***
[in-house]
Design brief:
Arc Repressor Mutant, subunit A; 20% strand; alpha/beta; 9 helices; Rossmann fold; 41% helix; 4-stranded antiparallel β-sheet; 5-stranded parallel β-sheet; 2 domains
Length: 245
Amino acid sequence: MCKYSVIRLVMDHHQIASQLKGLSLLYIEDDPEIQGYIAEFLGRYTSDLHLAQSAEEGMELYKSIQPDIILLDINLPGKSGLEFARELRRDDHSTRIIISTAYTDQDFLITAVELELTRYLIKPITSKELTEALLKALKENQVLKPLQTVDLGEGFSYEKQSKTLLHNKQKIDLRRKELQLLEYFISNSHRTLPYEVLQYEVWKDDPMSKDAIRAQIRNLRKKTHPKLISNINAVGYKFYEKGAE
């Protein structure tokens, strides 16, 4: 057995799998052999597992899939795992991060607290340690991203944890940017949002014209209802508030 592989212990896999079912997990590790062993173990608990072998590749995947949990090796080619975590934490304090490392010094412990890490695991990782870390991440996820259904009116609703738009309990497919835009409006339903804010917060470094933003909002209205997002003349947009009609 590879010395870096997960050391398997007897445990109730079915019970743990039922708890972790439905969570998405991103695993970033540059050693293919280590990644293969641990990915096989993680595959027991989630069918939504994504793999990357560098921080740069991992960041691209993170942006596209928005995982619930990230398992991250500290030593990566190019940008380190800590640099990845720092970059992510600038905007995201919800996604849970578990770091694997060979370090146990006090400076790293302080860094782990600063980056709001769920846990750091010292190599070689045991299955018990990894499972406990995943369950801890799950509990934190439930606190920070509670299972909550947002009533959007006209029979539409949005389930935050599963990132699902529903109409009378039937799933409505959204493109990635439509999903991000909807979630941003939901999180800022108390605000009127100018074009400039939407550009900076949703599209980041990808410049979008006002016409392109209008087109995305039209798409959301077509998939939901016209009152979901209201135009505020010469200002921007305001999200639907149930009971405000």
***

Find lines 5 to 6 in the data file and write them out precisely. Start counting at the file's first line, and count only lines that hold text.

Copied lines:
Amino acid sequence: MCKYSVIRLVMDHHQIASQLKGLSLLYIEDDPEIQGYIAEFLGRYTSDLHLAQSAEEGMELYKSIQPDIILLDINLPGKSGLEFARELRRDDHSTRIIISTAYTDQDFLITAVELELTRYLIKPITSKELTEALLKALKENQVLKPLQTVDLGEGFSYEKQSKTLLHNKQKIDLRRKELQLLEYFISNSHRTLPYEVLQYEVWKDDPMSKDAIRAQIRNLRKKTHPKLISNINAVGYKFYEKGAE
């Protein structure tokens, strides 16, 4: 057995799998052999597992899939795992991060607290340690991203944890940017949002014209209802508030 592989212990896999079912997990590790062993173990608990072998590749995947949990090796080619975590934490304090490392010094412990890490695991990782870390991440996820259904009116609703738009309990497919835009409006339903804010917060470094933003909002209205997002003349947009009609 590879010395870096997960050391398997007897445990109730079915019970743990039922708890972790439905969570998405991103695993970033540059050693293919280590990644293969641990990915096989993680595959027991989630069918939504994504793999990357560098921080740069991992960041691209993170942006596209928005995982619930990230398992991250500290030593990566190019940008380190800590640099990845720092970059992510600038905007995201919800996604849970578990770091694997060979370090146990006090400076790293302080860094782990600063980056709001769920846990750091010292190599070689045991299955018990990894499972406990995943369950801890799950509990934190439930606190920070509670299972909550947002009533959007006209029979539409949005389930935050599963990132699902529903109409009378039937799933409505959204493109990635439509999903991000909807979630941003939901999180800022108390605000009127100018074009400039939407550009900076949703599209980041990808410049979008006002016409392109209008087109995305039209798409959301077509998939939901016209009152979901209201135009505020010469200002921007305001999200639907149930009971405000």